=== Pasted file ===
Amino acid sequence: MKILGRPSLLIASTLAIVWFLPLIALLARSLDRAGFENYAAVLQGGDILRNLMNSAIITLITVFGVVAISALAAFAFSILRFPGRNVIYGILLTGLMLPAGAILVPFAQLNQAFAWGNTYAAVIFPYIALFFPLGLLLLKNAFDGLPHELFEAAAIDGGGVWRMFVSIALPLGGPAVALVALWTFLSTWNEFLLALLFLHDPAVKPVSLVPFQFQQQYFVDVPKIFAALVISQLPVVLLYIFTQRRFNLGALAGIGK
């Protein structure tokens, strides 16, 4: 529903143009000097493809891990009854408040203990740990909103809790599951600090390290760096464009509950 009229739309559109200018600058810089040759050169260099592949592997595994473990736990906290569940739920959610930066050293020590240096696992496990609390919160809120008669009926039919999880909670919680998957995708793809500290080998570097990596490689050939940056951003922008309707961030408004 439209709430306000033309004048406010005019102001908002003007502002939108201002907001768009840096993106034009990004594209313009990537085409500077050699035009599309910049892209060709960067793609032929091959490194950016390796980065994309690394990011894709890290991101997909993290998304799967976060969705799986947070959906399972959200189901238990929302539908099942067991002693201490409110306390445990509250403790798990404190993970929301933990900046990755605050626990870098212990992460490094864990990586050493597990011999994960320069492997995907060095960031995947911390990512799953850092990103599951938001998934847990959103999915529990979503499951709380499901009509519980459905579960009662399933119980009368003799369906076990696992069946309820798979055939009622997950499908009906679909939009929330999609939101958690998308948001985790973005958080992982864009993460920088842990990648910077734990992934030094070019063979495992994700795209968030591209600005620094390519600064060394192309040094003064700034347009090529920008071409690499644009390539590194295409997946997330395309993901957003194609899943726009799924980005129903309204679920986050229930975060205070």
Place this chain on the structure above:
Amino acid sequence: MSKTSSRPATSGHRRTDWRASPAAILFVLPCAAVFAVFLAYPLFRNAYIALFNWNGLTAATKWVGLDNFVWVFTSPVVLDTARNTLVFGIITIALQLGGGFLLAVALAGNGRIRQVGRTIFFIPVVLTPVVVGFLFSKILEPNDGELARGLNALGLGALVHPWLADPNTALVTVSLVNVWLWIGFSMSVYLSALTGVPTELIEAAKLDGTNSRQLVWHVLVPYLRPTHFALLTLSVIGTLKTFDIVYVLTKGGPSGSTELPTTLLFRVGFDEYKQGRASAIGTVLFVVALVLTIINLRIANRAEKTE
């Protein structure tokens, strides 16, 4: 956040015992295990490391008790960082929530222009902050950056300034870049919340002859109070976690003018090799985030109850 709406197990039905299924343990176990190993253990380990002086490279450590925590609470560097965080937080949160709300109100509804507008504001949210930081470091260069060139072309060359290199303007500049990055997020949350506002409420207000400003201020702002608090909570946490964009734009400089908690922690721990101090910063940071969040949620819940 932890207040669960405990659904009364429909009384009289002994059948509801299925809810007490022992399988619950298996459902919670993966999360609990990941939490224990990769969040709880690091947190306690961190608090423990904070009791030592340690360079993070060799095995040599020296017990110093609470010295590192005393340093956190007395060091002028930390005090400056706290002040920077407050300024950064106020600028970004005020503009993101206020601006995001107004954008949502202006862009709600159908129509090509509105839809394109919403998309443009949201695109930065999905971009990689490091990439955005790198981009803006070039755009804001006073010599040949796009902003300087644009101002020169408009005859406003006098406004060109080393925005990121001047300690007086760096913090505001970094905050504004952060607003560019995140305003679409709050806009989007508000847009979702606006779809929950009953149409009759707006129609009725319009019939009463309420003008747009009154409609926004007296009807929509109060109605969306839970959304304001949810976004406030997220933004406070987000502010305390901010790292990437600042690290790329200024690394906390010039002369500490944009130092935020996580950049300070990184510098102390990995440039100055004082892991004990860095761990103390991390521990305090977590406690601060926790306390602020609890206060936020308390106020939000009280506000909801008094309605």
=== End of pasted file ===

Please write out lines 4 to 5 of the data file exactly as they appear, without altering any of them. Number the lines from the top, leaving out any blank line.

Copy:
Amino acid sequence: MSKTSSRPATSGHRRTDWRASPAAILFVLPCAAVFAVFLAYPLFRNAYIALFNWNGLTAATKWVGLDNFVWVFTSPVVLDTARNTLVFGIITIALQLGGGFLLAVALAGNGRIRQVGRTIFFIPVVLTPVVVGFLFSKILEPNDGELARGLNALGLGALVHPWLADPNTALVTVSLVNVWLWIGFSMSVYLSALTGVPTELIEAAKLDGTNSRQLVWHVLVPYLRPTHFALLTLSVIGTLKTFDIVYVLTKGGPSGSTELPTTLLFRVGFDEYKQGRASAIGTVLFVVALVLTIINLRIANRAEKTE
């Protein structure tokens, strides 16, 4: 956040015992295990490391008790960082929530222009902050950056300034870049919340002859109070976690003018090799985030109850 709406197990039905299924343990176990190993253990380990002086490279450590925590609470560097965080937080949160709300109100509804507008504001949210930081470091260069060139072309060359290199303007500049990055997020949350506002409420207000400003201020702002608090909570946490964009734009400089908690922690721990101090910063940071969040949620819940 932890207040669960405990659904009364429909009384009289002994059948509801299925809810007490022992399988619950298996459902919670993966999360609990990941939490224990990769969040709880690091947190306690961190608090423990904070009791030592340690360079993070060799095995040599020296017990110093609470010295590192005393340093956190007395060091002028930390005090400056706290002040920077407050300024950064106020600028970004005020503009993101206020601006995001107004954008949502202006862009709600159908129509090509509105839809394109919403998309443009949201695109930065999905971009990689490091990439955005790198981009803006070039755009804001006073010599040949796009902003300087644009101002020169408009005859406003006098406004060109080393925005990121001047300690007086760096913090505001970094905050504004952060607003560019995140305003679409709050806009989007508000847009979702606006779809929950009953149409009759707006129609009725319009019939009463309420003008747009009154409609926004007296009807929509109060109605969306839970959304304001949810976004406030997220933004406070987000502010305390901010790292990437600042690290790329200024690394906390010039002369500490944009130092935020996580950049300070990184510098102390990995440039100055004082892991004990860095761990103390991390521990305090977590406690601060926790306390602020609890206060936020308390106020939000009280506000909801008094309605």